The first time at a KFC in the United States, I asked for a small soda, then was handed a jumbo-sized cup for self-service.
I said to the lady, “I’m sorry, I asked for a small.” She said, “This is a small.”
Then I walked out with a huge Dr. Pepper in hand. Twenty minutes later, I threw it away because all the sugar and carbonation in it made me bloated. I knew then that weight loss in America would be a challenge.
In America, everything is bigger.
Today’s weight loss and fitness industries teach people to base portion-sizing on calorie counting, yet many who experienced it have found it ineffective and misleading.
Because calories don’t mean satisfaction. A 50-calorie apple could be more satiating than a 200-calorie brownie, and when joy is absent, deprivation is on.
This is the start of the chronic dieting mindset which is hard to escape later.
It explains why MyFitnessPal, a platform that merely simplifies calorie counting and makes people even more obsessed with the numbers, is not solving the problem in the long run.
But what is the alternative?
Eat whole foods, mindfully.
This is how I was taught to eat the right portion since my early childhood in China.
In my memory, my mother would hand me a small bowl pre-filled halfway with fluffy rice.
She would then add some sliced meat from the light, freshly cooked stir-fry dish, then use the green vegetables to cover everything.
There’s one more step she never forgot to take: mixing everything thoroughly just to make sure every spoonful had rice, meat, and greens in it.
She would then feed me each spoonful and watch me chew slowly. When I finished, she would ask me, “Are you full?” Then I would contently nod my head or ask her for more food.
“Are you full?”
Answering this simple question once and once again trained me to be mindful about my body’s connection with food at a very young age.
I quickly learned what every meal was supposed to include, and the key components always needed to be there, even though the entrees changed day after day.
A bowl of rice mixed with scallions, bean curd, and mushrooms
No scale is necessary, nor are the measuring cups and spoons a must. I can accurately gauge the food portion size and proportion just by looking at what’s in the bowl. It’s a skill I gained from daily practicing.
The concept of calorie-counting, which has recently arrived in China from the west, seems to address a need that doesn’t exist among most of us in China because all that is necessary is to listen to your body attentively.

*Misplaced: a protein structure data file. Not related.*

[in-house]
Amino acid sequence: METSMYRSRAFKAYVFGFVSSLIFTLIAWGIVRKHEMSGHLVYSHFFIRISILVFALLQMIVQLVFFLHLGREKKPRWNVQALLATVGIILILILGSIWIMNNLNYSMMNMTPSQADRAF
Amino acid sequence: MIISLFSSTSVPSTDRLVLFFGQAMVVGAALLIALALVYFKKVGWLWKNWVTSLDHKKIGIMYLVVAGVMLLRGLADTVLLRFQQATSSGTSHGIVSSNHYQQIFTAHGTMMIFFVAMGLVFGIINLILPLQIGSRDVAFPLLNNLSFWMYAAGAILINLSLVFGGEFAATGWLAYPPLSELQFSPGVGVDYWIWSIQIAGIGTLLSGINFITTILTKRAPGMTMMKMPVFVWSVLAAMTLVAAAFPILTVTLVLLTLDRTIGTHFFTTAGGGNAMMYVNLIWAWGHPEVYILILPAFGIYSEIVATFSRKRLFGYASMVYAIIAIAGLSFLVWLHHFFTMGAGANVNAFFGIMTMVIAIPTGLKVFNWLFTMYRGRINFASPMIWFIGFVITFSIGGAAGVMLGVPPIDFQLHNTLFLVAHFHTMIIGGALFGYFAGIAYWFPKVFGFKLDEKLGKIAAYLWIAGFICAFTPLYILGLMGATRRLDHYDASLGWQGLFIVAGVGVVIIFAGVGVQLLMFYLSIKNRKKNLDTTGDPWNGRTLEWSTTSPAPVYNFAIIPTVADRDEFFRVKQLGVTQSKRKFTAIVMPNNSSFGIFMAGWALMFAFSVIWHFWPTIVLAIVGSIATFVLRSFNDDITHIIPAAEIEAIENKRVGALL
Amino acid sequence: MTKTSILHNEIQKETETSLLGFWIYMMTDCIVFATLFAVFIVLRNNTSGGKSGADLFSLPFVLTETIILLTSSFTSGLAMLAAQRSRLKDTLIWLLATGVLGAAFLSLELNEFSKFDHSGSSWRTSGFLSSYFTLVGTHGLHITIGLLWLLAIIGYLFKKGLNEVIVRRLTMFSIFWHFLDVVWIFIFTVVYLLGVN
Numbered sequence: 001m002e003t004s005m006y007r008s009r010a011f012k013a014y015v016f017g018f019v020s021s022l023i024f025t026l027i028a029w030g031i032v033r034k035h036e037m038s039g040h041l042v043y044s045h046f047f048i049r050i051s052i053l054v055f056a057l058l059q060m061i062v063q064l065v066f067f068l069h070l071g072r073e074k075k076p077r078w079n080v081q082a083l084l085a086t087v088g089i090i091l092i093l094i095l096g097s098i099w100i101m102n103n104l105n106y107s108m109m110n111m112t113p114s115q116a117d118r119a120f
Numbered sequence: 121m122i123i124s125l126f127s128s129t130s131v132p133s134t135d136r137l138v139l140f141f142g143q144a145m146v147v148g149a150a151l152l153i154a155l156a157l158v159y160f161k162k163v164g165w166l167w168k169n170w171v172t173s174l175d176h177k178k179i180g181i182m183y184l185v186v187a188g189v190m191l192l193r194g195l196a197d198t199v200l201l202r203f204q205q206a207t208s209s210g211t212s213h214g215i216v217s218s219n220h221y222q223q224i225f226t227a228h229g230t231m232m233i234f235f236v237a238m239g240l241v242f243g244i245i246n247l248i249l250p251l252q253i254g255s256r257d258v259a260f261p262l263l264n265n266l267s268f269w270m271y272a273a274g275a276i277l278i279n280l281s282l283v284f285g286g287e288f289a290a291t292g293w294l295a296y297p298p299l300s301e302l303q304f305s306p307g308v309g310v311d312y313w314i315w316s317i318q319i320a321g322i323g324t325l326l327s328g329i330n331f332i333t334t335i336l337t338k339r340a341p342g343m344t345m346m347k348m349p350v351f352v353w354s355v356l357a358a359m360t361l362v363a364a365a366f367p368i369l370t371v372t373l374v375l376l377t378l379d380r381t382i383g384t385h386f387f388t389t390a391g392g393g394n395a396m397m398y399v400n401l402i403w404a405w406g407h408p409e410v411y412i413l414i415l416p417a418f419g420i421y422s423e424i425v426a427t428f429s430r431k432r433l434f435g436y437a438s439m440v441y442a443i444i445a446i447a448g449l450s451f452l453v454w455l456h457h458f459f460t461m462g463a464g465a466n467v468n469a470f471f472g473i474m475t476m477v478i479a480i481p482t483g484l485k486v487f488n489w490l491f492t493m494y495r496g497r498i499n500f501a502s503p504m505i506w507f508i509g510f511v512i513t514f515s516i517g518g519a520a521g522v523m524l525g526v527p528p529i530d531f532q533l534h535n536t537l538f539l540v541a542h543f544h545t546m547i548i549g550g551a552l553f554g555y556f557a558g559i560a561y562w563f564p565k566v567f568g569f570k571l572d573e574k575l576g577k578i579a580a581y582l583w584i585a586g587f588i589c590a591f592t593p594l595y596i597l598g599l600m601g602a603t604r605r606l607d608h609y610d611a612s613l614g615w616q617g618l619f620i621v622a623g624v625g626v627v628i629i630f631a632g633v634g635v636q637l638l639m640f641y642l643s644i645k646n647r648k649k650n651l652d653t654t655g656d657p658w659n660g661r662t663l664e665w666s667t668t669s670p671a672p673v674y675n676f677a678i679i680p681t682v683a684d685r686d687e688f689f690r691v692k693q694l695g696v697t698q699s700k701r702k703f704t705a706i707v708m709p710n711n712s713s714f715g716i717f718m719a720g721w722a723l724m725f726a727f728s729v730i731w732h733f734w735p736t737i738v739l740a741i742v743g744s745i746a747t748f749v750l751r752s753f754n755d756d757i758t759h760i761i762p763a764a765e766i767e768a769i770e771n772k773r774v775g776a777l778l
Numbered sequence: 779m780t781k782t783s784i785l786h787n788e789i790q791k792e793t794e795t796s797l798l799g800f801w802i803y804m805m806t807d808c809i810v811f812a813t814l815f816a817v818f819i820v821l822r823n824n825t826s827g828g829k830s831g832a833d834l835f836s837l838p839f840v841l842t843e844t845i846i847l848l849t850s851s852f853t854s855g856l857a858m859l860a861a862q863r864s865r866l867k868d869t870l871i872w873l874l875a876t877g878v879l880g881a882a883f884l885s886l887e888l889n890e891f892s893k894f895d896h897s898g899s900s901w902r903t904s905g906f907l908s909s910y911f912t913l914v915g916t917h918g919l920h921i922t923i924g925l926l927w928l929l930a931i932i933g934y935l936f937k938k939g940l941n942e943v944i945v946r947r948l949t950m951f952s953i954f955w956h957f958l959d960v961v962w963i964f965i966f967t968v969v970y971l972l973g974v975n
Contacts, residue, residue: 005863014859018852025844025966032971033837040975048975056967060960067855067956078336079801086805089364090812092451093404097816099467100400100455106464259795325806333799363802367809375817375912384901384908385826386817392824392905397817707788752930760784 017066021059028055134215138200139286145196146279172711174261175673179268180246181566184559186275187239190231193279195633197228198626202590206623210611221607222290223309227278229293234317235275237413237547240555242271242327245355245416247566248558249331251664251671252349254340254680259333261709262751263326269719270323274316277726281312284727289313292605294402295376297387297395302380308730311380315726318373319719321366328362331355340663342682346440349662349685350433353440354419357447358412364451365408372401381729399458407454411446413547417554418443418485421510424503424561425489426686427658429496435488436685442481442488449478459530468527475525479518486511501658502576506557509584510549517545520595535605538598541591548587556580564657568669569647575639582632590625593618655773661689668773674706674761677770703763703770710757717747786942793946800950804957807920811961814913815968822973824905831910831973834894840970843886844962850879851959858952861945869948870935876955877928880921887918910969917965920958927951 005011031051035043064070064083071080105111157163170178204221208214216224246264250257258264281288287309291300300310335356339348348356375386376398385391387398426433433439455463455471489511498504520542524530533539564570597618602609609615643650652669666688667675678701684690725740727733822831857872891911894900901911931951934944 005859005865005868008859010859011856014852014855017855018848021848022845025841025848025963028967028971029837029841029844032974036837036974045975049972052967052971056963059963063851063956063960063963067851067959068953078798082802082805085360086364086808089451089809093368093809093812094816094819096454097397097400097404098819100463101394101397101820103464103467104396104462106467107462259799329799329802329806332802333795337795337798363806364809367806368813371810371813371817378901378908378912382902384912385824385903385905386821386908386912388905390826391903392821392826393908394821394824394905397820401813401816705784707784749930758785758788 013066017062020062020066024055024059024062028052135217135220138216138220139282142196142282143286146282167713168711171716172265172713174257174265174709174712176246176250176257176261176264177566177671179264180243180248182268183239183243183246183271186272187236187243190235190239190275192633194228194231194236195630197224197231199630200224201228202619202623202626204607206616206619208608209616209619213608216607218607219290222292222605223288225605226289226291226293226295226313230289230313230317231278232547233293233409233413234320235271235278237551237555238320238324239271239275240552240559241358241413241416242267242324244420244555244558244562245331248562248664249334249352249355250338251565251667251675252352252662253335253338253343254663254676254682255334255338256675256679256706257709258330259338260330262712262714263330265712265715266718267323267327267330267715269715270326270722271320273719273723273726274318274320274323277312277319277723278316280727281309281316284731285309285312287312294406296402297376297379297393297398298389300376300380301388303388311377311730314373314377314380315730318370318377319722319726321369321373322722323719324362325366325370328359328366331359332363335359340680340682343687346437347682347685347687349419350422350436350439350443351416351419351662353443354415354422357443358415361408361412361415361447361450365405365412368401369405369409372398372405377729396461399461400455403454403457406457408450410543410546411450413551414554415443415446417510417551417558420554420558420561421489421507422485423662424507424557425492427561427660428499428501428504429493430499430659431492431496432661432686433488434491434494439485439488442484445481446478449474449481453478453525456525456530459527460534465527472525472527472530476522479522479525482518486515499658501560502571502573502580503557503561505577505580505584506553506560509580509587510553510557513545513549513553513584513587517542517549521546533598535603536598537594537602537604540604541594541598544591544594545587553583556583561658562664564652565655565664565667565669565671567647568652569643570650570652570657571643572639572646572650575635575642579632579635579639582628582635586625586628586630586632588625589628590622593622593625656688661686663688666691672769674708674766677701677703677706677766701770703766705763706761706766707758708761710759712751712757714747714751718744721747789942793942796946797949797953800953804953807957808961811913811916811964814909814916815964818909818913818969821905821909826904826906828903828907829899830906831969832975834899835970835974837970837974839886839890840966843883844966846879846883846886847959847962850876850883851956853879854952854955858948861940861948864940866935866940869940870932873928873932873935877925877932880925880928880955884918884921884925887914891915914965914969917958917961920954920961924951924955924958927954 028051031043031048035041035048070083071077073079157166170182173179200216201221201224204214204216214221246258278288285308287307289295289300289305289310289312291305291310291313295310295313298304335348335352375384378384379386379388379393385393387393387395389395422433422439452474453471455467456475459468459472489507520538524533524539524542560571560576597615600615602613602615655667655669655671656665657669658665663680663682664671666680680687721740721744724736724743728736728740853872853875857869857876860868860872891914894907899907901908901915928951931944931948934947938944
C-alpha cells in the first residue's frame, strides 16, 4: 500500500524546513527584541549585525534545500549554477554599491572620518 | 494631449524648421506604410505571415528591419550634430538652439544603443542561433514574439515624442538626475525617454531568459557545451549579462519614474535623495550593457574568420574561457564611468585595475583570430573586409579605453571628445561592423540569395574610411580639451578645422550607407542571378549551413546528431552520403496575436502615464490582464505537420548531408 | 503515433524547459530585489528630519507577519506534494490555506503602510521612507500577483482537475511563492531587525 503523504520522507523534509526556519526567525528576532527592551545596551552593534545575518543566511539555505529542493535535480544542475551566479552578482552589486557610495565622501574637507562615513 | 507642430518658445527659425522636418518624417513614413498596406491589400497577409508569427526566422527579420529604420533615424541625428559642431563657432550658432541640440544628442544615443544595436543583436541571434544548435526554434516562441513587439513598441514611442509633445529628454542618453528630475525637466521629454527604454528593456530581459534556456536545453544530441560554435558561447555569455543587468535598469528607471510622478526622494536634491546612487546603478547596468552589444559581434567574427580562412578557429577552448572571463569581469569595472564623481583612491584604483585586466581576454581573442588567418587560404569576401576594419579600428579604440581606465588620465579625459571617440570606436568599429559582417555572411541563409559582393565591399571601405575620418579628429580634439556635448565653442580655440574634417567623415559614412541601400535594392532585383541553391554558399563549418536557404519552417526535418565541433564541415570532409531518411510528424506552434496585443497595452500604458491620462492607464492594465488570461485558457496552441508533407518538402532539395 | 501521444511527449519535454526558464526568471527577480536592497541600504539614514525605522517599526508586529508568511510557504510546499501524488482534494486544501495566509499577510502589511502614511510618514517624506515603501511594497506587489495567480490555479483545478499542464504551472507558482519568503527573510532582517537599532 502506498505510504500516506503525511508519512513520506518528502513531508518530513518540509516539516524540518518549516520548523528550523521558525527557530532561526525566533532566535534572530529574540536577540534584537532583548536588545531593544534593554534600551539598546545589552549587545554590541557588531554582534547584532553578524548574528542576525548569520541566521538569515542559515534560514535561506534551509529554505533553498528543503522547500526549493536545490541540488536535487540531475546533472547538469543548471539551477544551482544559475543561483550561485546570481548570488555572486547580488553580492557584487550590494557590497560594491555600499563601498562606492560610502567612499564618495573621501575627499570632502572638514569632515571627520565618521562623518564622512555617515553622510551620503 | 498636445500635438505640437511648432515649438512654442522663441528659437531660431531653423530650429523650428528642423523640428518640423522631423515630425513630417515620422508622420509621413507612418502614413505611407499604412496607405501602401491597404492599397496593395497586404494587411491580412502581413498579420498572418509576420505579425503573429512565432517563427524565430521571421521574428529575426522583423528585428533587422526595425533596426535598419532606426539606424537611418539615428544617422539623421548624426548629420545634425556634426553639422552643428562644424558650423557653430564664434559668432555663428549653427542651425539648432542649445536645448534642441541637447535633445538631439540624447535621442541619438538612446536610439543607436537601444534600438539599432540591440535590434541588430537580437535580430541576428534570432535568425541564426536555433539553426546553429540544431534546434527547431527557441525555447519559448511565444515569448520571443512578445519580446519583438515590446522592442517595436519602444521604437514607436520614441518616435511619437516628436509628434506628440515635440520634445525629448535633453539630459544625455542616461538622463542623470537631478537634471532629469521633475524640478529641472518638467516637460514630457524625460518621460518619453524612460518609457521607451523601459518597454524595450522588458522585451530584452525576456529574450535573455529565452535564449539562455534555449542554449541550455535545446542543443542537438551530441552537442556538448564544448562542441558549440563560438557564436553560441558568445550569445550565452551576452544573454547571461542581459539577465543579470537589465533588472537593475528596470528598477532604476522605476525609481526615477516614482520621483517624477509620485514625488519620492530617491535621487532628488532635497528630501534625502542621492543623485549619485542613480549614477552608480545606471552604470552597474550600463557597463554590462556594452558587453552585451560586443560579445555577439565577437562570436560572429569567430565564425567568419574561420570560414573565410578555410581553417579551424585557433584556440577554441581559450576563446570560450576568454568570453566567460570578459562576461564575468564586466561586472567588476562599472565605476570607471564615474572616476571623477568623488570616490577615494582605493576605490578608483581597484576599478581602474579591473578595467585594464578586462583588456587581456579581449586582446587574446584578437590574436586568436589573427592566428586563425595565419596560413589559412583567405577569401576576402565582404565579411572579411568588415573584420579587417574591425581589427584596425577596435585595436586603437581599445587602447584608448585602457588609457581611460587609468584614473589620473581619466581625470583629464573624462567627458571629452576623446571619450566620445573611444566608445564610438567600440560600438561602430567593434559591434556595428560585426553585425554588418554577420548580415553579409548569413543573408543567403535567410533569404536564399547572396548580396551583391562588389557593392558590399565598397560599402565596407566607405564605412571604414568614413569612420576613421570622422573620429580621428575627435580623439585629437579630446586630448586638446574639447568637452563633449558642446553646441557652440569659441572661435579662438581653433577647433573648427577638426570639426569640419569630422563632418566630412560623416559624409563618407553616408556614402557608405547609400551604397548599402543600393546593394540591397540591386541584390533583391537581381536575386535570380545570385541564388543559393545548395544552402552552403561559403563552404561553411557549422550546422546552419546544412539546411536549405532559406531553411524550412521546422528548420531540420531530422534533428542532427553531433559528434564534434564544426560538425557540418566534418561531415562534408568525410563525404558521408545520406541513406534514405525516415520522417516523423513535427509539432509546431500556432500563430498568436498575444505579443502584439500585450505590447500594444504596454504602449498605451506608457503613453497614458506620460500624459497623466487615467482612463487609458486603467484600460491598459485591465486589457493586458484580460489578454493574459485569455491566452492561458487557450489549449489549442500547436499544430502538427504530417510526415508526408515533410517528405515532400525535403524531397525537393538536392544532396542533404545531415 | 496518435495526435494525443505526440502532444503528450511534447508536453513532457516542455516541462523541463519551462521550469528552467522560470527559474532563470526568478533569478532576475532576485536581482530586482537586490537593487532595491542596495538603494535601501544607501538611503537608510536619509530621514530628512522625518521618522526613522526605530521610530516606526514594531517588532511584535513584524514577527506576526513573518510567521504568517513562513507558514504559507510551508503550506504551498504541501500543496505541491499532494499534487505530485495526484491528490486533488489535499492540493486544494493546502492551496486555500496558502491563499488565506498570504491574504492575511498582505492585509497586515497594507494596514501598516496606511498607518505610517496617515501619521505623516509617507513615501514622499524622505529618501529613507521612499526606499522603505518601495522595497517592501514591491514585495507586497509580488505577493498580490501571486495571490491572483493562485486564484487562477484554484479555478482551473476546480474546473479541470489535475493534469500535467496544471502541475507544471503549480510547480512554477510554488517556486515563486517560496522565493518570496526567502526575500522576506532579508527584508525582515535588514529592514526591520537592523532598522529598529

That listening ability is human being’s natural instinct that seems to be largely forgotten.
Bonus Tip: Consider cutting your meat into bite-size pieces and mix the meat, vegetables, and starch well when eating. When we eat foods of different textures together, we feel more satisfied – both physically and psychologically.
What do you do then?
No matter what you are eating, visualization makes you conscious of the actual amount of food you are getting from each food category. You’d be surprised by how less often you overeat simply by being aware.
Here’s how you can start it:
For each meal, visualize a 9-inch plate with 55% lightly cooked vegetables, 20% lean meat or tofu, and 25% grains or potato. Do not go over the quota for each food category.
Eat slowly, chew well. Feel the flavors, aroma, and the varied texture of the food you are eating, and be attentive to how it makes you feel.
If the amount of food on your plate fills you well, stop. If not, get 10% more vegetables and protein.
When setting your goal for mindful eating, don’t go for 100% full but 80%, and fill the other 20% with healthy, clear soup, tea, or water. Let the liquid hydrate you and inflate the food you eat. Within just minutes, you’ll be satiated.
Super easy, delicious enoki mushroom soup done by Elaine at China Sichuan Food. Find recipe.
Guess what, on the dinner table of a traditional Chinese family, a warm soup cannot be missed.
Sometimes, a bowl of light, flavorful, and nutrition-rich noodle soup would do the job
Vegetarian ramen by Nami @ Just One Cookbook
Bonus Tip: Simply by pouring the soup into the rice bowl and letting it stay for 10 minutes can inflate the rice size by 15%. You feel you are eating more, but you aren’t.
In the meantime, the soup, while softening the rice, enriches it with flavors and aroma, making it an even more pleasurable eating experience.
This is almost close to the concept of congee – a soup that you can eat one whole liter with less than 500 calories.
Don’t Worry About Calories
If the food is fresh, natural, and cooked with a moderate amount of fat and sugar, you’ll rarely hit the calorie ceiling before feeling full. In fact, chances are you’ll naturally create a substantial gap.
Keep asking yourself, “Am I full yet?” Then feel it, and wait for a few seconds before answering.
Gradually, you will regain the real contentment and become comfortable with following the need of your body versus the numbers.
Note that the only thing to focus on during this practice is how your stomach feels.
If the taste buds aren’t pleased, avoid compensating yourself by adding up the food quantity as many people unconsciously do.
Just stop, then go for another recipe next time.
Founder of Rice Lean, Body & Health Coach for Busy Women. In 2017, I helped 513 women across the United States and United Kingdom to lose weight based on principles of integrity, simplicity, and sustainability. It was incredibly inspiring to see how the simple wisdom from my hometown in Asia ended up completely changing people’s bodies. The truth is: when REAL weight loss happens, it happens FAST.